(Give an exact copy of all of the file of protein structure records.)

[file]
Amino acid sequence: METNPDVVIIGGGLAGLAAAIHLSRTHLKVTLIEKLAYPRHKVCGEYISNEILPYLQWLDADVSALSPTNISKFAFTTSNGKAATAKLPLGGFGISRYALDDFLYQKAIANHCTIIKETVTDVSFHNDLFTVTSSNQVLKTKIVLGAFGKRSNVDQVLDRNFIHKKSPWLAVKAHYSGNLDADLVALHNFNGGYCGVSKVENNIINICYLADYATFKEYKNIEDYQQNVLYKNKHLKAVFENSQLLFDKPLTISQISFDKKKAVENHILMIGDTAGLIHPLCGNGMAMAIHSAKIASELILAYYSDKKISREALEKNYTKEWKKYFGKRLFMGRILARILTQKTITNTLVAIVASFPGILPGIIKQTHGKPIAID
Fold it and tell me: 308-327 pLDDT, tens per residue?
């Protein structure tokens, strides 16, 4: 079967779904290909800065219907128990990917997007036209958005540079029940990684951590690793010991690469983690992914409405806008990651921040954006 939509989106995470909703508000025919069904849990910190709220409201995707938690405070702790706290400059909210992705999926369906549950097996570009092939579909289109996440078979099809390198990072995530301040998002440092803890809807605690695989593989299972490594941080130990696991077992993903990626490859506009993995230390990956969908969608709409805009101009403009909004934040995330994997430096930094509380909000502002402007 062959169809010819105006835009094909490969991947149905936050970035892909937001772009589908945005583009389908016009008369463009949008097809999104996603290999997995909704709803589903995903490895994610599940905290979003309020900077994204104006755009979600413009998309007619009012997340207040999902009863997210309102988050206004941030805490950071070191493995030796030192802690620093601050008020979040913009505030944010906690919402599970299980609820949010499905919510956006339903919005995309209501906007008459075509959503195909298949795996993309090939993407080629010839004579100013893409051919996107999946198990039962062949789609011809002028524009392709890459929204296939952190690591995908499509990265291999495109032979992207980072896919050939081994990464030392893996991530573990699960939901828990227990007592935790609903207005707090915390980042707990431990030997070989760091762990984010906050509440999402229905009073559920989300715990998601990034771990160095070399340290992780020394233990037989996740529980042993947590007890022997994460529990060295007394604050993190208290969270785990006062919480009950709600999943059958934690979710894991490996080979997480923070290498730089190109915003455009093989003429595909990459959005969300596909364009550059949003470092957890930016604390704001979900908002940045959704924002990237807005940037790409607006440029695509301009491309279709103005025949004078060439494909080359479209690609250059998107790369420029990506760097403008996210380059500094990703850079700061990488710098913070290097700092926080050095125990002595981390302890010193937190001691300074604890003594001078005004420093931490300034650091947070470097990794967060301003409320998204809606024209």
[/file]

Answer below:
Amino acid sequence: METNPDVVIIGGGLAGLAAAIHLSRTHLKVTLIEKLAYPRHKVCGEYISNEILPYLQWLDADVSALSPTNISKFAFTTSNGKAATAKLPLGGFGISRYALDDFLYQKAIANHCTIIKETVTDVSFHNDLFTVTSSNQVLKTKIVLGAFGKRSNVDQVLDRNFIHKKSPWLAVKAHYSGNLDADLVALHNFNGGYCGVSKVENNIINICYLADYATFKEYKNIEDYQQNVLYKNKHLKAVFENSQLLFDKPLTISQISFDKKKAVENHILMIGDTAGLIHPLCGNGMAMAIHSAKIASELILAYYSDKKISREALEKNYTKEWKKYFGKRLFMGRILARILTQKTITNTLVAIVASFPGILPGIIKQTHGKPIAID
Fold it and tell me: 308-327 pLDDT, tens per residue?
């Protein structure tokens, strides 16, 4: 079967779904290909800065219907128990990917997007036209958005540079029940990684951590690793010991690469983690992914409405806008990651921040954006 939509989106995470909703508000025919069904849990910190709220409201995707938690405070702790706290400059909210992705999926369906549950097996570009092939579909289109996440078979099809390198990072995530301040998002440092803890809807605690695989593989299972490594941080130990696991077992993903990626490859506009993995230390990956969908969608709409805009101009403009909004934040995330994997430096930094509380909000502002402007 062959169809010819105006835009094909490969991947149905936050970035892909937001772009589908945005583009389908016009008369463009949008097809999104996603290999997995909704709803589903995903490895994610599940905290979003309020900077994204104006755009979600413009998309007619009012997340207040999902009863997210309102988050206004941030805490950071070191493995030796030192802690620093601050008020979040913009505030944010906690919402599970299980609820949010499905919510956006339903919005995309209501906007008459075509959503195909298949795996993309090939993407080629010839004579100013893409051919996107999946198990039962062949789609011809002028524009392709890459929204296939952190690591995908499509990265291999495109032979992207980072896919050939081994990464030392893996991530573990699960939901828990227990007592935790609903207005707090915390980042707990431990030997070989760091762990984010906050509440999402229905009073559920989300715990998601990034771990160095070399340290992780020394233990037989996740529980042993947590007890022997994460529990060295007394604050993190208290969270785990006062919480009950709600999943059958934690979710894991490996080979997480923070290498730089190109915003455009093989003429595909990459959005969300596909364009550059949003470092957890930016604390704001979900908002940045959704924002990237807005940037790409607006440029695509301009491309279709103005025949004078060439494909080359479209690609250059998107790369420029990506760097403008996210380059500094990703850079700061990488710098913070290097700092926080050095125990002595981390302890010193937190001691300074604890003594001078005004420093931490300034650091947070470097990794967060301003409320998204809606024209």